Heart attack patients from a low socioeconomic background fare much worse when it comes to recovery. This is particularly true among poor women and younger individuals. Senior author of the study Dr. Erica Spatz explained, “Our study emphasizes that patients need us to think about their social needs, not just their clinical symptoms. We have not completed our job if we discharge patients from the hospital and recommend they use medications or services like cardiac rehab that they cannot afford.”
The researchers surveyed over 3,400 heart attack survivors aged 18 to 55 from the U.S. and Spain 12 months after hospitalization for heart attack.
Nearly one-third of the participants struggled to pay for health care and one-fifth had difficulties affording medications. These problems were more common among women. Those dealing with financial burden had worsened health outcomes and quality of life.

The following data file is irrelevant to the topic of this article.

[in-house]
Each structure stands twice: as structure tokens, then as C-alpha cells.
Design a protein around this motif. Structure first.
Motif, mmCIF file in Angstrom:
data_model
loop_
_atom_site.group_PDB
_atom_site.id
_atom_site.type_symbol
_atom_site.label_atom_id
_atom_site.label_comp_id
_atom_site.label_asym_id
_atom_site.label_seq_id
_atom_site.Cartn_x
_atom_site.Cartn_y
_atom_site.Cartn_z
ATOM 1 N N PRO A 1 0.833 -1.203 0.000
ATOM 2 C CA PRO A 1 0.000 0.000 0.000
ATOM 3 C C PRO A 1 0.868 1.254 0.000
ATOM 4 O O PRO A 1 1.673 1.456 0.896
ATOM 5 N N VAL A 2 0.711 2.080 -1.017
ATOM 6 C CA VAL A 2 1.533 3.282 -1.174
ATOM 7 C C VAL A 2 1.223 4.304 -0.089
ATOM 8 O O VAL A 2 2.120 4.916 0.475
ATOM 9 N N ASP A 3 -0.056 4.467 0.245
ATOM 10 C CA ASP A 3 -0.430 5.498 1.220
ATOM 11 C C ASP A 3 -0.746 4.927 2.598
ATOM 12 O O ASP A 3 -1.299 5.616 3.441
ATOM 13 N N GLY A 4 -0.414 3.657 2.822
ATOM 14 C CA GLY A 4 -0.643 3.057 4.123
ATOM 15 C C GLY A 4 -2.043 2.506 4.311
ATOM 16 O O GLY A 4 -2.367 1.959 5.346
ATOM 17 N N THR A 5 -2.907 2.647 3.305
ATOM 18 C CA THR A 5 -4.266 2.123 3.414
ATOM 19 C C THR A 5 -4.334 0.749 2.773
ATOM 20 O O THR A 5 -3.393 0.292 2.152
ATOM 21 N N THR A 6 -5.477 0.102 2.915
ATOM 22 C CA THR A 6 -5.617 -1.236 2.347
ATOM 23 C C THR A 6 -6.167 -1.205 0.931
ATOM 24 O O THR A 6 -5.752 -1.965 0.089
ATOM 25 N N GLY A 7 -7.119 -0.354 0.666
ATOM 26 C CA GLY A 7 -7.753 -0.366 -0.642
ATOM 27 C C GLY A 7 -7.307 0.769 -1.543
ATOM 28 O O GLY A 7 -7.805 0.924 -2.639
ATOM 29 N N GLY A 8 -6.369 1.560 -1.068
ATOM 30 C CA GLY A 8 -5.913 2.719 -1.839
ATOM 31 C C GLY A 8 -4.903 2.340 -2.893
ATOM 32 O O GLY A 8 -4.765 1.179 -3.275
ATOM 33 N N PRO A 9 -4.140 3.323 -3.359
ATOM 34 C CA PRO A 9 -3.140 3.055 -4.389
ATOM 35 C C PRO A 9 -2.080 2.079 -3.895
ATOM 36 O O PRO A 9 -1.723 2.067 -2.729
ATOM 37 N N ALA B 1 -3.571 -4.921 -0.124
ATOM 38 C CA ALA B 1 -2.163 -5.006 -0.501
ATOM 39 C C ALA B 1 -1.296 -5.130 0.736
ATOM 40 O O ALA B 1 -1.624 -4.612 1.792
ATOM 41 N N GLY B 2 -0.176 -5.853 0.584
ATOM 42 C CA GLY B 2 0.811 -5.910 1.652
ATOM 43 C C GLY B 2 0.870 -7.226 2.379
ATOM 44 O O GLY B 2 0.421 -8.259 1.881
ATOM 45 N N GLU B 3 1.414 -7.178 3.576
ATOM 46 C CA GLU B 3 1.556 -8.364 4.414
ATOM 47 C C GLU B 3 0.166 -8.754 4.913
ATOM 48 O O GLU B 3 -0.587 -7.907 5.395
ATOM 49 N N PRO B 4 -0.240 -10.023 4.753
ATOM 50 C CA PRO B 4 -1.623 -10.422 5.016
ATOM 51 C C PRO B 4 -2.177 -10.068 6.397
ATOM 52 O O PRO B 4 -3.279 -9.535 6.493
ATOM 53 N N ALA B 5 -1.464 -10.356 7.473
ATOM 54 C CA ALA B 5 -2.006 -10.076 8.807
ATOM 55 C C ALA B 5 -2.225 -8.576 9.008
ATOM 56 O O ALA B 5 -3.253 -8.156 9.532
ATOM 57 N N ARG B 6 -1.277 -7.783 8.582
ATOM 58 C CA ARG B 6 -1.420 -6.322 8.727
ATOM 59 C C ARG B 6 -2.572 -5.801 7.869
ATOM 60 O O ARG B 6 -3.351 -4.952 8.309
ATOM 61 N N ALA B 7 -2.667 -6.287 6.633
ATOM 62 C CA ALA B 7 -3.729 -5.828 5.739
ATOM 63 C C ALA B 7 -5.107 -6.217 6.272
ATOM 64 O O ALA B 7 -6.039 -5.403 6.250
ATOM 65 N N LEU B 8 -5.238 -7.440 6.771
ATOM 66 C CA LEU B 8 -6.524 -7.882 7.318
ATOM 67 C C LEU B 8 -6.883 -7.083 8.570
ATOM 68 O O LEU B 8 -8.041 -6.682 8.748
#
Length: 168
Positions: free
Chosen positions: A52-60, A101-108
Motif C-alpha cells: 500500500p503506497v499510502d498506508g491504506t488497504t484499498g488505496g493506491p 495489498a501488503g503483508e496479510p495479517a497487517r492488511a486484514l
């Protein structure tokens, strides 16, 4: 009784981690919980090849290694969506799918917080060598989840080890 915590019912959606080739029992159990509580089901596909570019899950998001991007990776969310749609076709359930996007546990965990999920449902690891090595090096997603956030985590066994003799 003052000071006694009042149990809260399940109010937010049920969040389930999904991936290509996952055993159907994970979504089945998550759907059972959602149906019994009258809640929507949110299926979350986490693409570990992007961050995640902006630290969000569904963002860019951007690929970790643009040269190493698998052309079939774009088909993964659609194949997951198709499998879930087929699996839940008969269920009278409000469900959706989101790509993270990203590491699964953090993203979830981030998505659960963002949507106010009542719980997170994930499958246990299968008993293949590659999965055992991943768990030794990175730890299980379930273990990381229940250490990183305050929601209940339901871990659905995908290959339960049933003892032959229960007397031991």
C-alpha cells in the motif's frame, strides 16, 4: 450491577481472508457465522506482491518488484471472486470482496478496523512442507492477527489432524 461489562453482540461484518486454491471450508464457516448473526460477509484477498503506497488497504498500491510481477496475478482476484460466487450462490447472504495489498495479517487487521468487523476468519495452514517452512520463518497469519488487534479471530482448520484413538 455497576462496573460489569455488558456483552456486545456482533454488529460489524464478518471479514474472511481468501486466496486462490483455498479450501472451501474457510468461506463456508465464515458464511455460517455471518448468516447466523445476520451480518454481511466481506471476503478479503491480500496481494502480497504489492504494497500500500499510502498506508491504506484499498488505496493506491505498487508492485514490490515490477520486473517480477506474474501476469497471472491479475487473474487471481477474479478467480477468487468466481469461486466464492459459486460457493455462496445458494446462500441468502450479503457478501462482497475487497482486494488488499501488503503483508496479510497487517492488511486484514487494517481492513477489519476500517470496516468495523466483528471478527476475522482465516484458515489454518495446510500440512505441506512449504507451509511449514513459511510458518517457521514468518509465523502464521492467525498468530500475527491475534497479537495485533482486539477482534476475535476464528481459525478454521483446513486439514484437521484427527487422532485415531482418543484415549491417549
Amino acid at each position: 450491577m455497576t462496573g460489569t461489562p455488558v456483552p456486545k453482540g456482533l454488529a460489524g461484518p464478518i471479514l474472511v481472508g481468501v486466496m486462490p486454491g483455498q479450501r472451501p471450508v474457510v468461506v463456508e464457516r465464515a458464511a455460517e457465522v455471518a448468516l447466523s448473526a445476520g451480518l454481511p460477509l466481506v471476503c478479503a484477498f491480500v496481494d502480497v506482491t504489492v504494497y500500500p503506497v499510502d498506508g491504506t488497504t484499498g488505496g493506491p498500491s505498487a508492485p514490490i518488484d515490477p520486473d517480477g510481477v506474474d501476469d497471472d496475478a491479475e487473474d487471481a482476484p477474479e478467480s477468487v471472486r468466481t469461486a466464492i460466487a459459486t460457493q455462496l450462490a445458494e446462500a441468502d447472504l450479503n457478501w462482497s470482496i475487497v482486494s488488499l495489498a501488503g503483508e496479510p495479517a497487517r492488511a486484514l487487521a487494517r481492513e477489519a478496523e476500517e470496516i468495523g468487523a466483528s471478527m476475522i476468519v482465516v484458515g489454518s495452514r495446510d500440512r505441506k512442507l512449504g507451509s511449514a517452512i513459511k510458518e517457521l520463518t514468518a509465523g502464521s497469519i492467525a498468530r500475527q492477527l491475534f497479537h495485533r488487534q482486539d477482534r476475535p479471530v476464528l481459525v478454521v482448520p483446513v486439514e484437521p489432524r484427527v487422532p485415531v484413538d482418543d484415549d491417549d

Study first author Adam Beckman concluded, “We suspected women may experience greater challenges than men — they often have lower income and less complete medical coverage than men, and care for multiple generations of family, and that this may in part explain why young women have worse outcomes following a heart attack, as compared with similarly aged men.”